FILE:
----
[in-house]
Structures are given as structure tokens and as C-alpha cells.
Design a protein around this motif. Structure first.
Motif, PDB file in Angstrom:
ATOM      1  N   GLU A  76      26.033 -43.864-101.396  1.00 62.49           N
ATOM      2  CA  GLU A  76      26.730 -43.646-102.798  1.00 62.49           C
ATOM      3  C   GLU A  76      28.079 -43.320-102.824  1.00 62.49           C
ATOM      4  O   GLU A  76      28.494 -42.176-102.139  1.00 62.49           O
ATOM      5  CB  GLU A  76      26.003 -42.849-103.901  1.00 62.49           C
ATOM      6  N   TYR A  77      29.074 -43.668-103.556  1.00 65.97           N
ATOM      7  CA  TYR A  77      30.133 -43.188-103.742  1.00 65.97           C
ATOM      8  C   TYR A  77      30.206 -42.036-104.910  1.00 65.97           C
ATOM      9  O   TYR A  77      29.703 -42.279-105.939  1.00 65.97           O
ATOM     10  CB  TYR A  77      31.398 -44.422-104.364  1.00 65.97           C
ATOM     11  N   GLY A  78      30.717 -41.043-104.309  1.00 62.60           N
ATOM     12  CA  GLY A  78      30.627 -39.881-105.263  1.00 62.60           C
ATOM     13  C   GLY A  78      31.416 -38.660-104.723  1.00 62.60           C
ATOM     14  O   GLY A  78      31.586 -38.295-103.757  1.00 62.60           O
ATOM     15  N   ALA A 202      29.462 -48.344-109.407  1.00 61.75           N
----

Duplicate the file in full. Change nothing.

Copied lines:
[in-house]
Structures are given as structure tokens and as C-alpha cells.
Design a protein around this motif. Structure first.
Motif, PDB file in Angstrom:
ATOM      1  N   GLU A  76      26.033 -43.864-101.396  1.00 62.49           N
ATOM      2  CA  GLU A  76      26.730 -43.646-102.798  1.00 62.49           C
ATOM      3  C   GLU A  76      28.079 -43.320-102.824  1.00 62.49           C
ATOM      4  O   GLU A  76      28.494 -42.176-102.139  1.00 62.49           O
ATOM      5  CB  GLU A  76      26.003 -42.849-103.901  1.00 62.49           C
ATOM      6  N   TYR A  77      29.074 -43.668-103.556  1.00 65.97           N
ATOM      7  CA  TYR A  77      30.133 -43.188-103.742  1.00 65.97           C
ATOM      8  C   TYR A  77      30.206 -42.036-104.910  1.00 65.97           C
ATOM      9  O   TYR A  77      29.703 -42.279-105.939  1.00 65.97           O
ATOM     10  CB  TYR A  77      31.398 -44.422-104.364  1.00 65.97           C
ATOM     11  N   GLY A  78      30.717 -41.043-104.309  1.00 62.60           N
ATOM     12  CA  GLY A  78      30.627 -39.881-105.263  1.00 62.60           C
ATOM     13  C   GLY A  78      31.416 -38.660-104.723  1.00 62.60           C
ATOM     14  O   GLY A  78      31.586 -38.295-103.757  1.00 62.60           O
ATOM     15  N   ALA A 202      29.462 -48.344-109.407  1.00 61.75           N